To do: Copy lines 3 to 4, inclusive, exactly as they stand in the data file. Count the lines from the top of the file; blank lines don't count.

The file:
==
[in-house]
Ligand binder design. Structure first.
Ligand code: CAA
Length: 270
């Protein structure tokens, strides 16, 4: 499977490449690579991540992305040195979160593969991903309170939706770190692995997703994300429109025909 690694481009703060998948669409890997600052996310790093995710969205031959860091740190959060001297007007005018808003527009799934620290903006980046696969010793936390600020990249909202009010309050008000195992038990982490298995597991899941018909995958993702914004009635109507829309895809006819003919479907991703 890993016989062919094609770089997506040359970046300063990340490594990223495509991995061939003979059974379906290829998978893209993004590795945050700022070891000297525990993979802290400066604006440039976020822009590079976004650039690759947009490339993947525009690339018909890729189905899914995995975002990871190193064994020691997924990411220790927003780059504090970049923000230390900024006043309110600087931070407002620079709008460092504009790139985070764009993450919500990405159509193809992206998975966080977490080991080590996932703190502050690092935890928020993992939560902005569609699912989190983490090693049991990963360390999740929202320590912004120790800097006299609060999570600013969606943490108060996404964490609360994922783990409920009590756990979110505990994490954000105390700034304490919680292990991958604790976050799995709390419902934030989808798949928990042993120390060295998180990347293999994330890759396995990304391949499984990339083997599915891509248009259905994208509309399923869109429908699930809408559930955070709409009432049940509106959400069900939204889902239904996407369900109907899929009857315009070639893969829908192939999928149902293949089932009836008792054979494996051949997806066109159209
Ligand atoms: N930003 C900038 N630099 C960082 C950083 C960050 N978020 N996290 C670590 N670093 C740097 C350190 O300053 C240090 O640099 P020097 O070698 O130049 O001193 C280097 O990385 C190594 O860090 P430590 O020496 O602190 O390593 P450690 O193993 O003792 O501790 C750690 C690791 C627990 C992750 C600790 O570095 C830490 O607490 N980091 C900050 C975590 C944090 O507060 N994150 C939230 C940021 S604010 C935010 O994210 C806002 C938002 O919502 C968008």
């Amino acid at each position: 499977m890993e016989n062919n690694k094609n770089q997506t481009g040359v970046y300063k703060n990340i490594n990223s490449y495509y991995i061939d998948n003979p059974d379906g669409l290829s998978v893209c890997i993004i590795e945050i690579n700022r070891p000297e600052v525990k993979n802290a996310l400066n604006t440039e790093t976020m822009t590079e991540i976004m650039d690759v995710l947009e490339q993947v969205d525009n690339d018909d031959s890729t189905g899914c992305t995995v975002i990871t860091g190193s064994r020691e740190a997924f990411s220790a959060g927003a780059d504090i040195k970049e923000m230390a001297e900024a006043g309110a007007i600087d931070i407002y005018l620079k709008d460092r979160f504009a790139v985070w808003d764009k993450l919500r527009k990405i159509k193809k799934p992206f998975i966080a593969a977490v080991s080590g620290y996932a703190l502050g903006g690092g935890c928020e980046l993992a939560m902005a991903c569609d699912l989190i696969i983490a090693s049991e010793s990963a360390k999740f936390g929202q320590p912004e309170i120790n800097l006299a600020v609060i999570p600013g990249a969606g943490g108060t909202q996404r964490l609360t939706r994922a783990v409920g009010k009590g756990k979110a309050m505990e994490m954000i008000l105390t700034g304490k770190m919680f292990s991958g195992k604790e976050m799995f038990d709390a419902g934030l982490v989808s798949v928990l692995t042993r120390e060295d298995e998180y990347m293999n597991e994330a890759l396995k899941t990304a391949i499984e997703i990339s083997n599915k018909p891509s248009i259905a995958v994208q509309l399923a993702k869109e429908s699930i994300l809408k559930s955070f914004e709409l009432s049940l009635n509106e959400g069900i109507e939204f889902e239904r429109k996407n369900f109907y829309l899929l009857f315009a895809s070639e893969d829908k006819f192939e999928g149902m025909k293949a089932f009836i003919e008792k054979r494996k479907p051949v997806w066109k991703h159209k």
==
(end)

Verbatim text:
Ligand code: CAA
Length: 270